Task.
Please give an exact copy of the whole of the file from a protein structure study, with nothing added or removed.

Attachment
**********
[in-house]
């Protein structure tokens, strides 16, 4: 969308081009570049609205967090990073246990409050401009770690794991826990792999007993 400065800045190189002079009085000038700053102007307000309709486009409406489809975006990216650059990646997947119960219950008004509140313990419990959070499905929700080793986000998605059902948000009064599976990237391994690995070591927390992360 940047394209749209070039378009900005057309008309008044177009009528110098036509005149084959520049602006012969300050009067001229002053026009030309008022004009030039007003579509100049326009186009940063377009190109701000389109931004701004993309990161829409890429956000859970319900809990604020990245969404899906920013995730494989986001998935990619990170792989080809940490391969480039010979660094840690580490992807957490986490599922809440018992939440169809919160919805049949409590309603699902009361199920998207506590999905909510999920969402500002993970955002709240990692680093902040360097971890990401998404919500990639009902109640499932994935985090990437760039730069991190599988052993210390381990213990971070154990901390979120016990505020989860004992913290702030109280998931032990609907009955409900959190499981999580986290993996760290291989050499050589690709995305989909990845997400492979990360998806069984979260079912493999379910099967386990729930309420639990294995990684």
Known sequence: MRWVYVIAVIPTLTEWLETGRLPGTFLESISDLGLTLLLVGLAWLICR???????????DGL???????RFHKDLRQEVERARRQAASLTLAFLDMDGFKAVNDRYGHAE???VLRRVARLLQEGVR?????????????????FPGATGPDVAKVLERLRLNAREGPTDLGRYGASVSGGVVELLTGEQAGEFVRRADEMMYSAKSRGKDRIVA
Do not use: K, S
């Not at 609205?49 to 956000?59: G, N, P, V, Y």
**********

[in-house]
């Protein structure tokens, strides 16, 4: 969308081009570049609205967090990073246990409050401009770690794991826990792999007993 400065800045190189002079009085000038700053102007307000309709486009409406489809975006990216650059990646997947119960219950008004509140313990419990959070499905929700080793986000998605059902948000009064599976990237391994690995070591927390992360 940047394209749209070039378009900005057309008309008044177009009528110098036509005149084959520049602006012969300050009067001229002053026009030309008022004009030039007003579509100049326009186009940063377009190109701000389109931004701004993309990161829409890429956000859970319900809990604020990245969404899906920013995730494989986001998935990619990170792989080809940490391969480039010979660094840690580490992807957490986490599922809440018992939440169809919160919805049949409590309603699902009361199920998207506590999905909510999920969402500002993970955002709240990692680093902040360097971890990401998404919500990639009902109640499932994935985090990437760039730069991190599988052993210390381990213990971070154990901390979120016990505020989860004992913290702030109280998931032990609907009955409900959190499981999580986290993996760290291989050499050589690709995305989909990845997400492979990360998806069984979260079912493999379910099967386990729930309420639990294995990684």
Known sequence: MRWVYVIAVIPTLTEWLETGRLPGTFLESISDLGLTLLLVGLAWLICR???????????DGL???????RFHKDLRQEVERARRQAASLTLAFLDMDGFKAVNDRYGHAE???VLRRVARLLQEGVR?????????????????FPGATGPDVAKVLERLRLNAREGPTDLGRYGASVSGGVVELLTGEQAGEFVRRADEMMYSAKSRGKDRIVA
Do not use: K, S
């Not at 609205?49 to 956000?59: G, N, P, V, Y």